Learn more about Microsoft PhotoDNA.

Using Blockchain Tech to Stop Human Trafficking

Human trafficking is a global issue affecting an estimated 40 million people around the world, including right here in the United States. Human trafficking involves the use of force, fraud, or coercion to obtain some type of labor or commercial sex act.

Cryptocurrencies are increasingly used as the preferred payment method in human trafficking transactions. “Virtual currency’s anonymizing features can attract criminals' use to avoid detection when paying for illicit activities such as human and drug trafficking,” stressed the investigative arm of Congress.

However, the same blockchain technology that allows criminals to conduct peer-to-peer financial transactions or buy and sell humans on the dark web uses a public ledger to store transaction history. Anyone can view blockchain transactions and link them to wallet addresses, including law enforcement agencies. If those wallet addresses are linked to verified registered accounts, then it is possible to connect them to people’s identities in real life.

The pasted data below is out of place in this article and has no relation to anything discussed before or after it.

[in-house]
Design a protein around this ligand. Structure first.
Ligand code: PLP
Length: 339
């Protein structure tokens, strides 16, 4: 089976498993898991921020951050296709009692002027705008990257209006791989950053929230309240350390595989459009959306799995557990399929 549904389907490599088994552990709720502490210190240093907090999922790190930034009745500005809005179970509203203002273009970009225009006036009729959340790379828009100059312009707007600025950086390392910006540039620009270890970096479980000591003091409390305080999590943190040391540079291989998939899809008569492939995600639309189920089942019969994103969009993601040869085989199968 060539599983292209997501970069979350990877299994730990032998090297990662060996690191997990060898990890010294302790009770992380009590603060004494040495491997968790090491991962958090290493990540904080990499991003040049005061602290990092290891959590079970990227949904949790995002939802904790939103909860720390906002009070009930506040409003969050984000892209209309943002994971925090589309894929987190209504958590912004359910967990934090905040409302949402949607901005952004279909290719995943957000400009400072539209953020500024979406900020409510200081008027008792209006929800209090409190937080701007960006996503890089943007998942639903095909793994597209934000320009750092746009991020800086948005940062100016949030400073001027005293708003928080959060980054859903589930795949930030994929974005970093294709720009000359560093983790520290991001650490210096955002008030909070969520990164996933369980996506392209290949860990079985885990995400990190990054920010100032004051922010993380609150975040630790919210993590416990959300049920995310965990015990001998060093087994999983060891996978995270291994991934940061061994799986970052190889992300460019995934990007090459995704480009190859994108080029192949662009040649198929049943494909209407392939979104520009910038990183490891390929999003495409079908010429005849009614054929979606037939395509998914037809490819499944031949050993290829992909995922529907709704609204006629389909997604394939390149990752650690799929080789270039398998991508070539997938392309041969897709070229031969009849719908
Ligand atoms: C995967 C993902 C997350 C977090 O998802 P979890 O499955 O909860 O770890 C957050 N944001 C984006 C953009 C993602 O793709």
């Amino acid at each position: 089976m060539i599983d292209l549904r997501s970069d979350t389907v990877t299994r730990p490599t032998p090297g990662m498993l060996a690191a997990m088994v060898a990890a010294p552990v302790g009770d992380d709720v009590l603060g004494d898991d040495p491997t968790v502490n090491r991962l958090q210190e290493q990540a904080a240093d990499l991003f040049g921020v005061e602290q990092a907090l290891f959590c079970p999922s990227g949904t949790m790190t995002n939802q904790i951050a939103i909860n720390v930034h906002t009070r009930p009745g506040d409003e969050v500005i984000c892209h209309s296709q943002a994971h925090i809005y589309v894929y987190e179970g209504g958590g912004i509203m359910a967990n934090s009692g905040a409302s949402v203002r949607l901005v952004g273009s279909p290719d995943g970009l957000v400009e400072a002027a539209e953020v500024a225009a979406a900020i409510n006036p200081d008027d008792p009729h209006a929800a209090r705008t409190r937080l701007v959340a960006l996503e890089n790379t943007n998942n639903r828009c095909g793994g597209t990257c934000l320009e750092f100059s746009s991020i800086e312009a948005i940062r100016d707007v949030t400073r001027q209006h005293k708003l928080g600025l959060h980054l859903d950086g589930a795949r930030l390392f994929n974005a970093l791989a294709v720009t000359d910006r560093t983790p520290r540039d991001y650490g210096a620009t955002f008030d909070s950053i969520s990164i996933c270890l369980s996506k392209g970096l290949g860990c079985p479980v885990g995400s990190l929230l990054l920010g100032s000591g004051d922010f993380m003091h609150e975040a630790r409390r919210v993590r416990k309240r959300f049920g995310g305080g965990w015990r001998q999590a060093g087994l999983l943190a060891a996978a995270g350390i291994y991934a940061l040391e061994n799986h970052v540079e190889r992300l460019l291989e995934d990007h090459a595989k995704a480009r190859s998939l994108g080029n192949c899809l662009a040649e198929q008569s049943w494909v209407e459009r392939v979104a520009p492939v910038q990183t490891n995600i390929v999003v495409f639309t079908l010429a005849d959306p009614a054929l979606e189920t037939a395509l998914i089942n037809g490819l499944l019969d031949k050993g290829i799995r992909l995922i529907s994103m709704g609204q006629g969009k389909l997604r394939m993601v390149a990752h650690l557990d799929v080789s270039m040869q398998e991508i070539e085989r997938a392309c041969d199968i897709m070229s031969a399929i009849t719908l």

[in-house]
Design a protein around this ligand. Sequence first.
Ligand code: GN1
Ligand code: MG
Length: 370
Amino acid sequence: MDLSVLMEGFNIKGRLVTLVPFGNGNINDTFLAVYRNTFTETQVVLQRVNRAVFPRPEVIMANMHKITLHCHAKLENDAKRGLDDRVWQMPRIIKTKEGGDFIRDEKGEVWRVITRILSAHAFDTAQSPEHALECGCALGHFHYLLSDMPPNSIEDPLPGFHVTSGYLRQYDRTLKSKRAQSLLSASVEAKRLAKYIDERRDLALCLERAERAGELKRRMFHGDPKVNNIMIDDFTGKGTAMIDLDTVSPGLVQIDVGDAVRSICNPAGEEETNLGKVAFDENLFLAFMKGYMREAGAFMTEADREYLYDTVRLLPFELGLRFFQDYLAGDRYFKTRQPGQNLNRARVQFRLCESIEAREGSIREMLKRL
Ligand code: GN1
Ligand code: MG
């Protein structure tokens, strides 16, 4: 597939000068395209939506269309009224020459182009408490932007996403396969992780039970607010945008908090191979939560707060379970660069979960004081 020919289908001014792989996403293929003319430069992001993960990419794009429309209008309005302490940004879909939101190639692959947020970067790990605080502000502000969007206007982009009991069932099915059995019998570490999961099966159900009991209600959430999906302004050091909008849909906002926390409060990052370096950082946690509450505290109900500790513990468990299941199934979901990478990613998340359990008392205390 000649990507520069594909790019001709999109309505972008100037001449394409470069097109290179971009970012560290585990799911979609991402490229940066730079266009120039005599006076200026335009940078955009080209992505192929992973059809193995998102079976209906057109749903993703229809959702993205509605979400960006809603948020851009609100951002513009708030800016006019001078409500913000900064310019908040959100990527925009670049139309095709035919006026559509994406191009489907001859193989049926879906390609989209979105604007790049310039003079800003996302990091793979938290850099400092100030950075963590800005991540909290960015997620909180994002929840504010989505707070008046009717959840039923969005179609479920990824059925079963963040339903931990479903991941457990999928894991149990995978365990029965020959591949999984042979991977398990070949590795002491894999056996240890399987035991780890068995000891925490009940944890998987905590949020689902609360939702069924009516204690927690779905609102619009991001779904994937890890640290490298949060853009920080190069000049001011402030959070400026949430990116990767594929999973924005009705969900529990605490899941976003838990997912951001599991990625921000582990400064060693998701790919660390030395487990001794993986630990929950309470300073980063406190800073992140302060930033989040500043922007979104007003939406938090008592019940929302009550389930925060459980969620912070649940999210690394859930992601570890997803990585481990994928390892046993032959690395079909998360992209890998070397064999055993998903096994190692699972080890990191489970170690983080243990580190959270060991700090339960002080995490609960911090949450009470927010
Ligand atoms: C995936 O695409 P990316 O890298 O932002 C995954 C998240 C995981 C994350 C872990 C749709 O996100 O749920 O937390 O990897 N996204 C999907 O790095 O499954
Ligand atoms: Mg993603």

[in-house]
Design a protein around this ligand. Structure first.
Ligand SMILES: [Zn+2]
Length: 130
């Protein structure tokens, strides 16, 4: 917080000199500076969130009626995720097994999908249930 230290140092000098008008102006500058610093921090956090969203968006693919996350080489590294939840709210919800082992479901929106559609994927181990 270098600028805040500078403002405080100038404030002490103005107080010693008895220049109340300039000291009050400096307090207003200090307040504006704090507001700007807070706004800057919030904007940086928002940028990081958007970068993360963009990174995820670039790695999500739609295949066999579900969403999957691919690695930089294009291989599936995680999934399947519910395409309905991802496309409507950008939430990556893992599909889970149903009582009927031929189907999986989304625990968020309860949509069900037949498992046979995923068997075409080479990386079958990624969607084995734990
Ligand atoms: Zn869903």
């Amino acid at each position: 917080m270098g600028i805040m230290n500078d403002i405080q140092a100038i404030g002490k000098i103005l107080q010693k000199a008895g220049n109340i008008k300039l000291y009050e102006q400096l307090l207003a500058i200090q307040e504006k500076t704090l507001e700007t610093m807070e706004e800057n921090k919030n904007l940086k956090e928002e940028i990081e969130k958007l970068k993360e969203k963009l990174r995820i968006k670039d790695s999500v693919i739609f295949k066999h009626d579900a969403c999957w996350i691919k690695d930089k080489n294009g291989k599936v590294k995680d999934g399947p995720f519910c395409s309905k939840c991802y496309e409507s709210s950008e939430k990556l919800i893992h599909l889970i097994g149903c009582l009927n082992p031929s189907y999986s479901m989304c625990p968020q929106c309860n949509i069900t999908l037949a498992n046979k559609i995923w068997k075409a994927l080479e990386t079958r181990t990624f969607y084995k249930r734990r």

Tracking the criminals behind “anonymous” wallet addresses is one way blockchain tech can help address the widespread issue of human trafficking. However, there are other ways this technology can be deployed that may even stop it before it happens.

One way this could be accomplished is by using the blockchain to provide virtual identification documents.

According to Respect International, many citizens in developing nations have no documentation or identification, such as in the case of refugees fleeing from conflict zones. Because they can’t be tracked by their governments, these people become easy targets for exploitation. And in the case of modern-day slavery, employers have been known to confiscate documentation from workers to further control them and bond them to the workplace.

“By creating a ‘virtual identity’ on the blockchain, using unique biometric information such as fingerprint and iris scans, the need for paper documentation is removed,” says Respect International.